Autism is a childhood developmental disorder that affects the brain’s normal development of communication and social skills. It is a physical condition that appears in the first three years of life and is linked with abnormal biochemistry in the brain. The causes of autism are not ascertained but autism is largely attributed to genetic predisposition and the environment. A plethora of research studies have also suspected other causative factors like mercury poisoning, diet and vaccine sensitivity among others but these factors are yet to be proven (Pubmed, 2010).
Autism has a variety of symptoms depending on the level of infection but most of them involve communication, repetitive behavior, response to sensory information and social interactions. Other symptoms include sensitivity to light, distress to change in routines, slow or lack of language development, withdrawal and the holding of hands over ears at normal sounds which are painful to the autistic child. Due to the broad spectrum of symptoms, the tests for autism are also a series of evaluations including physical and neurological examinations. Autism has no specific cure and as such the treatment plan is aimed at remedying specific symptoms. The treatment regimen involves education therapies for instance the applied behavior analysis that reinforces practice of skills, medication for specific autism symptoms like anxiety and behavioral therapies among other methods (Pubmed, 2010).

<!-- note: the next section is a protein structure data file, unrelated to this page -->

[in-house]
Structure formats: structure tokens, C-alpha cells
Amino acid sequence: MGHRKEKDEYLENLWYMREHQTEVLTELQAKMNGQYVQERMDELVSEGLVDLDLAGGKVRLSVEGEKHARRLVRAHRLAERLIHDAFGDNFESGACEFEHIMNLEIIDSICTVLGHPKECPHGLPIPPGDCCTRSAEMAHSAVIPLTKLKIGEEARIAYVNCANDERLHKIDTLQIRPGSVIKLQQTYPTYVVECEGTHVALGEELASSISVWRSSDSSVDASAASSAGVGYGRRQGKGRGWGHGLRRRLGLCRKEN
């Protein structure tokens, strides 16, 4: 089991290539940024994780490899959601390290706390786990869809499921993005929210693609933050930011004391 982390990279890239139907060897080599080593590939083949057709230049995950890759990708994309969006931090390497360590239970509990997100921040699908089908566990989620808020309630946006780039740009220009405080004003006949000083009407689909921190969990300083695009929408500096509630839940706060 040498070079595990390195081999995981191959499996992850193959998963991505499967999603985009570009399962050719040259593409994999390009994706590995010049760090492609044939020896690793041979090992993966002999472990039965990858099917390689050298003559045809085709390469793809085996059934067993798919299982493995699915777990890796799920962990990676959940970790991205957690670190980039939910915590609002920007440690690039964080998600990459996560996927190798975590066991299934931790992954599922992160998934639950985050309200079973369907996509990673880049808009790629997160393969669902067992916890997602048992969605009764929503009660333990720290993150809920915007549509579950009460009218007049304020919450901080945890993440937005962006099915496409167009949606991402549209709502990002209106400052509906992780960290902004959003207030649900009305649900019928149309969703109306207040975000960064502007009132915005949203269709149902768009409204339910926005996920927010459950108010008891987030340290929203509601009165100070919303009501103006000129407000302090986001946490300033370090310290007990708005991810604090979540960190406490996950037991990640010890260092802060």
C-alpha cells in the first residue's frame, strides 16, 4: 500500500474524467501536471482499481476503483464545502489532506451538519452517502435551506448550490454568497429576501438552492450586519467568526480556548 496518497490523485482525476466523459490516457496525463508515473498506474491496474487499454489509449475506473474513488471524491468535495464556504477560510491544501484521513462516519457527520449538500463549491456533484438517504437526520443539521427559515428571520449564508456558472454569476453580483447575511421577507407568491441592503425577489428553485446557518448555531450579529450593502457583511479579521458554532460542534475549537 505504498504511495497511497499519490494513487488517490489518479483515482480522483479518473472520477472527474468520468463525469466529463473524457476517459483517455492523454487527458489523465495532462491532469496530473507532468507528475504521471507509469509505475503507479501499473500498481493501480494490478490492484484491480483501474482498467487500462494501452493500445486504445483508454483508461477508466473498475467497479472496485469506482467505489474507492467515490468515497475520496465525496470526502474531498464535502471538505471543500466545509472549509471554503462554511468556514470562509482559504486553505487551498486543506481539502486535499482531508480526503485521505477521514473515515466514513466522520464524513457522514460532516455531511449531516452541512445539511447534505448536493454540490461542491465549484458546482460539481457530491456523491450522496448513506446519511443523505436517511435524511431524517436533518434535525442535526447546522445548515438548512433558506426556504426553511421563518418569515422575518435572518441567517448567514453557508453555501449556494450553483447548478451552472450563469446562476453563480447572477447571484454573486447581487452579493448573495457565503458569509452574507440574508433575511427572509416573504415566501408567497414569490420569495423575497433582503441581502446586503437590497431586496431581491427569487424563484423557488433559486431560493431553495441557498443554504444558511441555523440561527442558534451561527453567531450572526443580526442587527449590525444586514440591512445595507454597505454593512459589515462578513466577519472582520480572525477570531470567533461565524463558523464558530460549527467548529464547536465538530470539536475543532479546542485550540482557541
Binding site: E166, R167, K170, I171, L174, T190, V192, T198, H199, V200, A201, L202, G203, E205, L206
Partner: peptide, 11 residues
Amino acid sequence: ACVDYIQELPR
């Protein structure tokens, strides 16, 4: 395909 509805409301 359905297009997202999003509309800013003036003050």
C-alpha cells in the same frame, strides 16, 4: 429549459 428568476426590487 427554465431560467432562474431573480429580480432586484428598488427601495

Autism although untreatable is curable hence it has been asserted that behavioral and therapeutic theories may be the methods of treating the symptoms of autism. This is because most of the symptoms of autism are either behavioral or based on communication; symptoms that can be rectified by therapy. Therapy offers a child a chance of learning development skills giving them a chance of leading a normal life despite the fact that they suffer from autism[ CITATION Pub10 \l 1033 ]. The goal of this paper therefore is to explore autism as a developmental disorder. To achieve this goal this paper will be divided into five sections namely: the history of autism, the symptoms of autism, the progression of the disease and the treatment of the disease. The paper will then be concluded by an outlook for the cures for autism. To appreciate autism as a developmental disorder it is imperative to begin by exploring the history of the disorder.